Samuel G. Freedman is an award-winning author, columnist, and professor.
A columnist for The New York Times and a professor at Columbia University,
he is the author of the six acclaimed books, most recently Who She Was:
My Search for My Mother's Life (2005) and Letters To A Young Journalist
(2006). His previous books are Small Victories:
The Real World of a Teacher, Her Students and Their High School (1990);
Upon This Rock: The Miracles of a Black Church (1993); and The
Inheritance: How Three Families and America Moved from Roosevelt to Reagan
and Beyond (1996) and Jew vs. Jew: The
Struggle for the Soul of American Jewry (2000). In August 2013, Simon & Schuster will publish Freedman's seventh book, Breaking The Line: The Season in Black College Football That Transformed the Game and Changed the Course of Civil Rights.
Jew vs. Jew won the National Jewish Book Award for Non-Fiction in
2001 and made the Publishers Weekly Religion Best-Sellers list. As
a result of the book, Freedman was named one of the "Forward Fifty"
most important American Jews in the year 2000 by the weekly Jewish newspaper
Small Victories was a finalist for the 1990 National Book Award and The Inheritance was a finalist for the 1997 Pulitzer Prize. Upon This Rock won the 1993 Helen Bernstein Award for Excellence in Journalism. Four of Freedman's books have been listed among The New York Times' Notable Books of the Year.
Freedman was a staff reporter for The Times from 1981 through 1987
and currently writes the column "On Religion." From 2004 through 2008, he wrote the "On Education" column, which won first prize in the Education Writers Association's annual competition. He is also a regular columnist on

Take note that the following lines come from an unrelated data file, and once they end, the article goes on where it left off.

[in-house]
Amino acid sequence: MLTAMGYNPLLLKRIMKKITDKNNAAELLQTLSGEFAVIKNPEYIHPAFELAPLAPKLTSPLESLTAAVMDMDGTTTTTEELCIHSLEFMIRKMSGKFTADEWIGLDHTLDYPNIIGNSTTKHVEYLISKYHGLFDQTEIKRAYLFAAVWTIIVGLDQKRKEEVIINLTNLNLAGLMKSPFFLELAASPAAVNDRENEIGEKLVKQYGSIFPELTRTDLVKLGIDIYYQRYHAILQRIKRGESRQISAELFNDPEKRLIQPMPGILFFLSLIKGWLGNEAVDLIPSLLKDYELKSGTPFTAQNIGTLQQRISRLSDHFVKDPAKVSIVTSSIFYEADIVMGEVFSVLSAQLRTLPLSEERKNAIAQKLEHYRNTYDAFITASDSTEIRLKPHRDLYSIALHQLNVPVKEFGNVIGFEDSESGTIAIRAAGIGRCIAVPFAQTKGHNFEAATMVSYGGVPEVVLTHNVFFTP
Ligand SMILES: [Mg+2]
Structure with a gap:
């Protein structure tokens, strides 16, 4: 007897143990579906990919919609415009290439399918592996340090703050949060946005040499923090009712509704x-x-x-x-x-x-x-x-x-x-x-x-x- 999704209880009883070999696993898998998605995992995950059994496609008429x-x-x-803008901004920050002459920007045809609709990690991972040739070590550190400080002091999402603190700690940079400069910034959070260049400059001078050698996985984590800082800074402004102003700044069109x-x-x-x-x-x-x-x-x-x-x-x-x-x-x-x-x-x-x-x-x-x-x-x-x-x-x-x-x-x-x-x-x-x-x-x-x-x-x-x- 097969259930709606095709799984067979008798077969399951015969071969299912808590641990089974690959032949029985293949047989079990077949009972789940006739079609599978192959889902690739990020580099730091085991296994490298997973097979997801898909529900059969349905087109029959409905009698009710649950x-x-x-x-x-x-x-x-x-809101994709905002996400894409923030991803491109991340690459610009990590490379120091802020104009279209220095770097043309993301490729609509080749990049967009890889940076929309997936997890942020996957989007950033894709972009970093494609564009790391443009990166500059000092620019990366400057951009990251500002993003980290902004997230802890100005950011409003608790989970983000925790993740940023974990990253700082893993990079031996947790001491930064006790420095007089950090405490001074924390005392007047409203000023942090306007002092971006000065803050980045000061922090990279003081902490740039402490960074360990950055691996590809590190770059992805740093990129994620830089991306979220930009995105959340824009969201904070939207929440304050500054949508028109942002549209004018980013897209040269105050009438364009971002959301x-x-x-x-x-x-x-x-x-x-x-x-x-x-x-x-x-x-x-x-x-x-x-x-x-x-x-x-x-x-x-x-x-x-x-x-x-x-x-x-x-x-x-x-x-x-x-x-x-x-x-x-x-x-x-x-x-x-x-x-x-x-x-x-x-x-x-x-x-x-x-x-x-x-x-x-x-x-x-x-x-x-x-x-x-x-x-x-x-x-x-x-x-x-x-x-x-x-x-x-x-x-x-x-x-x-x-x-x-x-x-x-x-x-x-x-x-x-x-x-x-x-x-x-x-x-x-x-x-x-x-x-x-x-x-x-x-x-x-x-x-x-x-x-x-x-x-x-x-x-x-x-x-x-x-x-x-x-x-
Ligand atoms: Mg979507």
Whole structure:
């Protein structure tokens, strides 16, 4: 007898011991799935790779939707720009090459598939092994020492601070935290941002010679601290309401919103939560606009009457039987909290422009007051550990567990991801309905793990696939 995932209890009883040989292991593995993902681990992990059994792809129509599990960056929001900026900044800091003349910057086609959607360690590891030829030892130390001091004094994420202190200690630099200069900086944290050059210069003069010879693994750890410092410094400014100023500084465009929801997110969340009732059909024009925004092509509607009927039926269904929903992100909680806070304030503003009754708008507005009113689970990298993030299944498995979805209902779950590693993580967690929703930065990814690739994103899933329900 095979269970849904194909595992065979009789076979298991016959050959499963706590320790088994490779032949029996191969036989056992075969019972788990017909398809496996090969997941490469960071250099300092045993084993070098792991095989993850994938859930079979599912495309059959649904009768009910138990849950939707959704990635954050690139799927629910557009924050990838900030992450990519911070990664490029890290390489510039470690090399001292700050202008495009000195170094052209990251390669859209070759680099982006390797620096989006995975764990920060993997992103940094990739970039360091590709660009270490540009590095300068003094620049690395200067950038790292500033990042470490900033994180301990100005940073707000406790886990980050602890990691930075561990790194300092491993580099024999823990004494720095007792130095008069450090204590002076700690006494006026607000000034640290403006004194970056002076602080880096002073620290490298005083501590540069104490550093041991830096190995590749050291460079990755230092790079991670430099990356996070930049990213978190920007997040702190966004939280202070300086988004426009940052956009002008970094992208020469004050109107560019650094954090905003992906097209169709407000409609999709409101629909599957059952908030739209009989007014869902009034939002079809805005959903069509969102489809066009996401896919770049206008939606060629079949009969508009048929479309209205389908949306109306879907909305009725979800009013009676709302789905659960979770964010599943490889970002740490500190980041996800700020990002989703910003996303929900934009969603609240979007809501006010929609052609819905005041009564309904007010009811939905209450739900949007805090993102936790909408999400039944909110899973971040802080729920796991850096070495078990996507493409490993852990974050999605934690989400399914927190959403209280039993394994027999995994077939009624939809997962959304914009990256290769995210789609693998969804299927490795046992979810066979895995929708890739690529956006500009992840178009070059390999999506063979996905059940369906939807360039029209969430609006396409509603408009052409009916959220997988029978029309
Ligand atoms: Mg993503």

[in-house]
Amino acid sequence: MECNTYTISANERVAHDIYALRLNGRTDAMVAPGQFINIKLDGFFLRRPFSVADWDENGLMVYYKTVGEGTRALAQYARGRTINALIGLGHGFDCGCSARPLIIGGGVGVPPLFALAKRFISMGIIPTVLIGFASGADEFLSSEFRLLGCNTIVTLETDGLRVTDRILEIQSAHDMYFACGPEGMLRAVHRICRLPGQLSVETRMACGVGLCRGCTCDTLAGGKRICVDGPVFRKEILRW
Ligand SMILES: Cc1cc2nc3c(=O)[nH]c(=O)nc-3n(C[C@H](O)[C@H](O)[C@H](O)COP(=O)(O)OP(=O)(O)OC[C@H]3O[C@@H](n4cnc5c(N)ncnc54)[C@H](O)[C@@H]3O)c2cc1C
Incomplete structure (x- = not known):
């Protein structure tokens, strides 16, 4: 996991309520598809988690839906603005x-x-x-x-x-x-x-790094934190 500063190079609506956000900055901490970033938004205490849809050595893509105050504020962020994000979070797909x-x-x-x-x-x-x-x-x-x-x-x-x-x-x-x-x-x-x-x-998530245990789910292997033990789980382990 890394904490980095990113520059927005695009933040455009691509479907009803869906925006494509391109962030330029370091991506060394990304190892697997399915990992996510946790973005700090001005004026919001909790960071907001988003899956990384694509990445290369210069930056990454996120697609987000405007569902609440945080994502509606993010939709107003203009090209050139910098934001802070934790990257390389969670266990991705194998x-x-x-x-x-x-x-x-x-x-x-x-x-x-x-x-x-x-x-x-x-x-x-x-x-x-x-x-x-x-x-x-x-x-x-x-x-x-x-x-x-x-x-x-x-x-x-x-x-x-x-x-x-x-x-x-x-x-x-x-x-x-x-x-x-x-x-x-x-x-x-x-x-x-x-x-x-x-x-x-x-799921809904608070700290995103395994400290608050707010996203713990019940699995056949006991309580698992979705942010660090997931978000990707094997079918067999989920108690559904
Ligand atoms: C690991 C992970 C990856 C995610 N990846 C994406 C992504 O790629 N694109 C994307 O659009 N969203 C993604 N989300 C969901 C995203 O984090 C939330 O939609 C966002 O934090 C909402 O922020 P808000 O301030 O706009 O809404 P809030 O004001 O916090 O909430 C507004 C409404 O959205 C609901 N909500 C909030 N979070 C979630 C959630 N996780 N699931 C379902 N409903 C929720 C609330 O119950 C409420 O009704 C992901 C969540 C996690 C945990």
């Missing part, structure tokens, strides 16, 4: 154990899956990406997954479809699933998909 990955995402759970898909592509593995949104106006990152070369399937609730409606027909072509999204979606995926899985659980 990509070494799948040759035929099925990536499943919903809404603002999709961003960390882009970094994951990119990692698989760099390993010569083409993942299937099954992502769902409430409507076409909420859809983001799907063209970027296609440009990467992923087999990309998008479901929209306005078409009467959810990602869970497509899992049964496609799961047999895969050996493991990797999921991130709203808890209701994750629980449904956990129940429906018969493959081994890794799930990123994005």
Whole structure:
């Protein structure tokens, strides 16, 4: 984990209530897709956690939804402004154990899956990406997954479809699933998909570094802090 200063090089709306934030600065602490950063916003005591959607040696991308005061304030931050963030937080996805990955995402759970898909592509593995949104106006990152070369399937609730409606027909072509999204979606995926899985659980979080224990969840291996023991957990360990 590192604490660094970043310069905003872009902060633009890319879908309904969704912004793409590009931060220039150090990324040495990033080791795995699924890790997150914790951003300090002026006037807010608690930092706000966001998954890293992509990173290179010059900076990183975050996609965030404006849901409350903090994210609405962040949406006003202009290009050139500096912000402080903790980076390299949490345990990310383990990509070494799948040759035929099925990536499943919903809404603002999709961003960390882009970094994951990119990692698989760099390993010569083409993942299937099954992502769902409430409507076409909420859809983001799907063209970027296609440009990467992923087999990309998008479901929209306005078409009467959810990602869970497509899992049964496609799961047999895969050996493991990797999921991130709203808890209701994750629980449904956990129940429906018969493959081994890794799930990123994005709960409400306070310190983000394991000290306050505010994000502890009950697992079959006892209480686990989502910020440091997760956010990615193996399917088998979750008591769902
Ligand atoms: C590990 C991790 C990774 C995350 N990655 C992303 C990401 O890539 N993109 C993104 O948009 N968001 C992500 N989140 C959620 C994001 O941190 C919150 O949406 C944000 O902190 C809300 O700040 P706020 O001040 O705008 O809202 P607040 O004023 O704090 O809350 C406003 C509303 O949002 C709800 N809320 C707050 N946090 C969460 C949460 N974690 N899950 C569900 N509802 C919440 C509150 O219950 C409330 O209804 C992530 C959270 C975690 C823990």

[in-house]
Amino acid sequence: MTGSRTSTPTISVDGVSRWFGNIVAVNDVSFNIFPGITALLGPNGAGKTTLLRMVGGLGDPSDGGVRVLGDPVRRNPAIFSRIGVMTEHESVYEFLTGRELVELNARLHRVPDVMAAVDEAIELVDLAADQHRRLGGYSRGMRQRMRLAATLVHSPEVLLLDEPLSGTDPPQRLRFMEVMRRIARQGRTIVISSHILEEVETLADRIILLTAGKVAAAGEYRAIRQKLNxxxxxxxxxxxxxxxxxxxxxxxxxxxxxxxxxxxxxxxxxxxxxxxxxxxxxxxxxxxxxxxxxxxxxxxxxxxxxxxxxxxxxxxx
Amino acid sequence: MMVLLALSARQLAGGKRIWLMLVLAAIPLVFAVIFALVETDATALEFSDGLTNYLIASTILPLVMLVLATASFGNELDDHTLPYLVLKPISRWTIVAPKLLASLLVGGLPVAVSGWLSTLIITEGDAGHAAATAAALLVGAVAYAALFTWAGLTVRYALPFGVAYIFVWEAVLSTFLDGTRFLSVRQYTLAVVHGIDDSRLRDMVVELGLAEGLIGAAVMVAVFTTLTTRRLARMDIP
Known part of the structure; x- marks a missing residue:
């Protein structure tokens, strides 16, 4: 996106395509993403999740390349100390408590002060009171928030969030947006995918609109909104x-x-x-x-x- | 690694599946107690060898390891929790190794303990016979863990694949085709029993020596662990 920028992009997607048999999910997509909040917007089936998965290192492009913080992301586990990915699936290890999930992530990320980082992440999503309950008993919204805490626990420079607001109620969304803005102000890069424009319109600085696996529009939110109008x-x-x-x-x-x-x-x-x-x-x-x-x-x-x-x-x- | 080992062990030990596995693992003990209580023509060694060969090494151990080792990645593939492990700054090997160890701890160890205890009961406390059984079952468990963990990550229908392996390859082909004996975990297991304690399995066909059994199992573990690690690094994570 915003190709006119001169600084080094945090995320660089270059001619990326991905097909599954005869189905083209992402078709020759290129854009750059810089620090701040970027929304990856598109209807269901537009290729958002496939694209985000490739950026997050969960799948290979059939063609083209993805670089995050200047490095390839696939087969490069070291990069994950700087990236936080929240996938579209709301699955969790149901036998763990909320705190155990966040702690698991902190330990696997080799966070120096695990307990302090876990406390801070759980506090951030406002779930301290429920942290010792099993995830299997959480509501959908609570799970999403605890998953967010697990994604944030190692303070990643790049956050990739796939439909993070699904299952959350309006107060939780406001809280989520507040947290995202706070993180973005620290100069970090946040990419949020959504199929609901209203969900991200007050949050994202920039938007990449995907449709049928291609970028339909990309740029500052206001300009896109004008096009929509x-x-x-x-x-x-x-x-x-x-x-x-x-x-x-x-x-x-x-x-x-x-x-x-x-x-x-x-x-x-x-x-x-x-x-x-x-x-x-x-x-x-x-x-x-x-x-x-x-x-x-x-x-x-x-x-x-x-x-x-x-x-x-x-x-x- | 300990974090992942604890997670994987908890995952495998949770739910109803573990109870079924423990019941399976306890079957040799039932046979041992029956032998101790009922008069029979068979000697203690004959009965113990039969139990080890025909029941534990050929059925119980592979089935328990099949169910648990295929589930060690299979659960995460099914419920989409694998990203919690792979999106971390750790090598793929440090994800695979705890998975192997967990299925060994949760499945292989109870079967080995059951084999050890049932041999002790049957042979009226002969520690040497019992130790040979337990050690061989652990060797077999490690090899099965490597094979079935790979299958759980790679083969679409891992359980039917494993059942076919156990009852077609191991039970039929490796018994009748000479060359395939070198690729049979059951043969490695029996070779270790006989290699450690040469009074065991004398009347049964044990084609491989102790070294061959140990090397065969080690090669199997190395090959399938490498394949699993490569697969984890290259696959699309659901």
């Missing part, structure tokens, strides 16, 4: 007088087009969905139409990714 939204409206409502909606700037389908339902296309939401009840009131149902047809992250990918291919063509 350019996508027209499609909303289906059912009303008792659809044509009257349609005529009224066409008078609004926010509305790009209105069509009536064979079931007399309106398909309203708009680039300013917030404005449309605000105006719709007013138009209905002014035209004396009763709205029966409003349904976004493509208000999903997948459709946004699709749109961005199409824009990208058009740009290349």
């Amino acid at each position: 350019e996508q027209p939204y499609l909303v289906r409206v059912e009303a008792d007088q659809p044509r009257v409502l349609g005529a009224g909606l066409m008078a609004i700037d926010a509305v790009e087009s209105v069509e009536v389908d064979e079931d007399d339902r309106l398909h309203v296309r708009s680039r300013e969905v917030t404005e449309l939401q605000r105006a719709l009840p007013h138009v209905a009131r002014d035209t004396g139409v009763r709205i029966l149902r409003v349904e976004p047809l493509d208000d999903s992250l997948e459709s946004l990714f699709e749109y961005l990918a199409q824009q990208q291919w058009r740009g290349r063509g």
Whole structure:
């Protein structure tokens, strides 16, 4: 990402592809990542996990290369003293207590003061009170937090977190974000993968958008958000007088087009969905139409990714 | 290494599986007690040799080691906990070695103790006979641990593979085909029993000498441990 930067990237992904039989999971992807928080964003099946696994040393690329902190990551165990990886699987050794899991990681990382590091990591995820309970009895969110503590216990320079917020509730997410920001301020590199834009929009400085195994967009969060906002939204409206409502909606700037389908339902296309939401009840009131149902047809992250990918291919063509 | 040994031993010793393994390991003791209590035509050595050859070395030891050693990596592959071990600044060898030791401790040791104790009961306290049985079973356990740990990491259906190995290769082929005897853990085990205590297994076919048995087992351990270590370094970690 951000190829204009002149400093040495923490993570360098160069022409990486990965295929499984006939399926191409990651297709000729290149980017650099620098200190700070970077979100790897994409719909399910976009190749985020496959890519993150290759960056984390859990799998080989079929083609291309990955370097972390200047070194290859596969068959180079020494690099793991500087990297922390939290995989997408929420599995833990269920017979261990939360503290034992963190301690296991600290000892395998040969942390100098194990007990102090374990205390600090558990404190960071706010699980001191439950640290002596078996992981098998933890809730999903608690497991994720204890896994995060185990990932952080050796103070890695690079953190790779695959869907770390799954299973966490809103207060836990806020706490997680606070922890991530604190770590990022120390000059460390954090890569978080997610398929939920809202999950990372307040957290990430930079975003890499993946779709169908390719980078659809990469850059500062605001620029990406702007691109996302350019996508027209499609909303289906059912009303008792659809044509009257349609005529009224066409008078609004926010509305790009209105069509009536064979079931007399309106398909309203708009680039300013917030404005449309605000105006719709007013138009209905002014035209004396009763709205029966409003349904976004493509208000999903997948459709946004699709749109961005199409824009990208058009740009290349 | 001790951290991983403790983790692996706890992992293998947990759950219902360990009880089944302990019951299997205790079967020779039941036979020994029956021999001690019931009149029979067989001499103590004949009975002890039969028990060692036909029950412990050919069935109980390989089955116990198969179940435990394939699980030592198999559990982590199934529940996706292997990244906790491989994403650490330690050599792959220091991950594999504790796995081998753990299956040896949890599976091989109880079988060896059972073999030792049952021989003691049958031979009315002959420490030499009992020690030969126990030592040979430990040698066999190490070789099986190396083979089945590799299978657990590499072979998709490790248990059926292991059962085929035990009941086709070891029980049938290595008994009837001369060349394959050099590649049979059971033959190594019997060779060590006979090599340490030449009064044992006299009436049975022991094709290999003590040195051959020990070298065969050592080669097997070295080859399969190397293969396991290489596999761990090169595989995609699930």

American Jewish issues for the Jerusalem Post. He has contributed to
numerous other publications and websites, including USA Today, New York,
Rolling Stone, Salon, and BeliefNet. In broadcast journalism, Freedman
has served on occasion as a correspondent to Religion and Ethics Newsweekly
A tenured professor at the Columbia
University Graduate School of Journalism, Freedman was named the nation's
outstanding journalism educator in 1997 by the Society of Professional Journalists.
His class in book-writing has developed
nearly 50 authors, editors, and agents, and it has been featured in Publishers
Weekly and the Christian Science Monitor. He is a board member
of the Institute for American Values and the Jewish Book Council. He has spoken
at the Smithsonian Institution, Yale University, and UCLA, among other venues,
and has appeared on National Public Radio, CNN, and the News Hour with Jim
Freedman holds a bachelor's degree in journalism and history from the University
of Wisconsin-Madison, which he received in May 1977.
Freedman lives in Manhattan with his children.
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